Likes lookup: Standard v1.1 compared to Twitter API v2

If you have been working with the standard v1.1 GET favorites/list endpoint, the goal of this guide is to help you understand the similarities and differences between the standard v1.1 and Twitter API v2 Likes lookup endpoints.

With v2, we’ve also introduced a new liked users endpoint which allows you to get information about a Tweet’s liking users.

  • Similarities
    • Authentiation
    • Rate limits
  • Differences
    • Endpoint URLs
    • Request limitations
    • App and Project requirements
    • Request parameters
    • New JSON format

 

Similarities

Authentication

Both the standard v1.1 and Twitter API v2 Likes lookup endpoints use OAuth 1.0a User Context or OAuth 2.0 Bearer Token. Therefore, if you were previously using the GET favorites/list endpoints standard v1.1 endpoints, you can continue using the same authentication method if you migrate to the Twitter API v2 version if you wish. 

Depending on your authentication library/package of choice, Bearer Token authentication is probably the easiest way to get started and can be set with a simple request header. To learn how to generate a Bearer Token, see this OAuth 2.0 Bearer Token guide
 

Rate limits

The standard v1.1 GET favorites/list endpoint has a 75 requests per 15 minutes per user rate limit. The corresponding liked Tweets endpoint in v2 also has this same rate limit. However, this v2 endpoint also has an additional rate limit of 75 requests per 15 minutes per App.

 

Differences

Endpoint URLs

  • Standard v1.1 endpoints:
    • GET https://api.twitter.com/1.1/favorites/list.json
      (list of Tweets which are by the specified user)
    • There is no v1.1 equivalent to the v2 liking users endpoint
  • Twitter API v2 endpoint:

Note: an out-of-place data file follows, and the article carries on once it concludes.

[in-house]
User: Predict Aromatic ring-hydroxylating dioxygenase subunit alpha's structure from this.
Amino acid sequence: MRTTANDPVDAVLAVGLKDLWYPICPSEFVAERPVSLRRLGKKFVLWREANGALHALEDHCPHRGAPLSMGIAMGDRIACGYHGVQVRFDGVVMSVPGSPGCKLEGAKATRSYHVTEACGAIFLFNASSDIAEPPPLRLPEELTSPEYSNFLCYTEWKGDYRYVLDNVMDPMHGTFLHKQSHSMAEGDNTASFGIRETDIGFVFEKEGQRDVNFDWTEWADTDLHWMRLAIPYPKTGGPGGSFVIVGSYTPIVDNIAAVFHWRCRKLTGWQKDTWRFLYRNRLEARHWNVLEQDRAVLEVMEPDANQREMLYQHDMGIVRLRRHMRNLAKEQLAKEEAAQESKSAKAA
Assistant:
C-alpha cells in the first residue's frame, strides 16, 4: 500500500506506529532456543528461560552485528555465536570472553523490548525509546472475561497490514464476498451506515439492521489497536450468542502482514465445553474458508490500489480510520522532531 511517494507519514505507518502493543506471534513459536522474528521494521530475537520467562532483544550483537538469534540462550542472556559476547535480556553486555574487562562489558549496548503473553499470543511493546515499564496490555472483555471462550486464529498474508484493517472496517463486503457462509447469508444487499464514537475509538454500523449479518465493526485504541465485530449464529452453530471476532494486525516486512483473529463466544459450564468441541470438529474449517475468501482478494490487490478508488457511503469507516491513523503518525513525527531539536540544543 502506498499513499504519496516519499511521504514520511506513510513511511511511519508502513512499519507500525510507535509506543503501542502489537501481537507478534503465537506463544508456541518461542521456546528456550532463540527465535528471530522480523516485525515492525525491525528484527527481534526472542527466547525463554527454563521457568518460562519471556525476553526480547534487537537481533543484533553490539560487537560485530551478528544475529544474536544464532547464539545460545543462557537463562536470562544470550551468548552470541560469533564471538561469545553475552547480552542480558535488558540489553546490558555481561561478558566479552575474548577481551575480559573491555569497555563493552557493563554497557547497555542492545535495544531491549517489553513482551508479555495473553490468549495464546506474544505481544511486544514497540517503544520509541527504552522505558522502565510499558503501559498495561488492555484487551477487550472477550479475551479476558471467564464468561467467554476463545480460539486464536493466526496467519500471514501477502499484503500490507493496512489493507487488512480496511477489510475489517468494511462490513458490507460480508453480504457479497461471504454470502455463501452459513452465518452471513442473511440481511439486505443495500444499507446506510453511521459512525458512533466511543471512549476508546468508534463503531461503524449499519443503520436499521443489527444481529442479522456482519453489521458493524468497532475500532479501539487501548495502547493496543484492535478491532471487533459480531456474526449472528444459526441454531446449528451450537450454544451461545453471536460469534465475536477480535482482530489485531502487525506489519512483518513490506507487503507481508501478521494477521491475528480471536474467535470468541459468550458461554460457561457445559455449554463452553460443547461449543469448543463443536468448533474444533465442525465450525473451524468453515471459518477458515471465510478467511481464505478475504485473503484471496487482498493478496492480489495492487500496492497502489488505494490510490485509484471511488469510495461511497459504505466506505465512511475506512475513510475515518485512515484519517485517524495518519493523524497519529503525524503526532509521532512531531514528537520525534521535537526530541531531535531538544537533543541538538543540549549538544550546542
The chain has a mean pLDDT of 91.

• GET https://api.twitter.com/2/users/:id/liked_tweets
      (list of Tweets which are liked by the specified user ID)
    • GET https://api.twitter.com/2/tweets/:id/liking_users
      (list of users who liked the specified Tweet ID)

 

Request limitations

The v2 liked Tweets endpoint allows you to request 5 to 100 Tweets per request, but you can request all likes of a Tweet using pagination tokens. The v1.1 GET favorites/list endpoint also allows you to pull all likes of Tweets, but you can pull from 20 to 200 Tweets per request.

For the v2 liking users endpoint, you are limited to 100 liking users per Tweet. 
 

App and Project requirements

The Twitter API v2 endpoints require that you use credentials from a developer App that is associated with a Project when authenticating your requests. All Twitter API v1.1 endpoints can use credentials from standalone Apps or Apps associated with a project.

Request parameters

The following standard v1.1 request parameters accepted two request query parameters (user_id or screen_name). The Twitter API v2 only accepts the numerical user ID, and it must be passed as part of the endpoint path.

One of the biggest differences between standard v1.1 and Twitter API v2 endpoint versions is how you select which fields return in your payload. For the standard endpoints, there are several parameters that you could use to identify which fields or sets of fields would return in the payload, while the Twitter API v2 version simplifies these different parameters into fields and expansions
 

New JSON format

Twitter API v2 is introducing new JSON designs for the objects returned by the APIs, including Tweet and user objects.

  • At the JSON root level, the standard endpoints return user objects in a statuses array, while Twitter API v2 returns a data array. 
  • Instead of referring to Retweeted and Quoted "statuses", Twitter API v2 JSON refers to Retweeted and Quoted Tweets. Many legacy and deprecated fields, such as contributors and user.translator_type are being removed. 
  • Instead of using both favorites (in Tweet object) and favourites (in user object), Twitter API v2 uses the term like. 
  • Twitter is adopting the convention that JSON values with no value (for example, null) are not written to the payload. Tweet and user attributes are only included if they have non-null values.
     

In addition to the changes that we made to our new JSON format, we also introduced a new set of fields to the Tweet object including the following:

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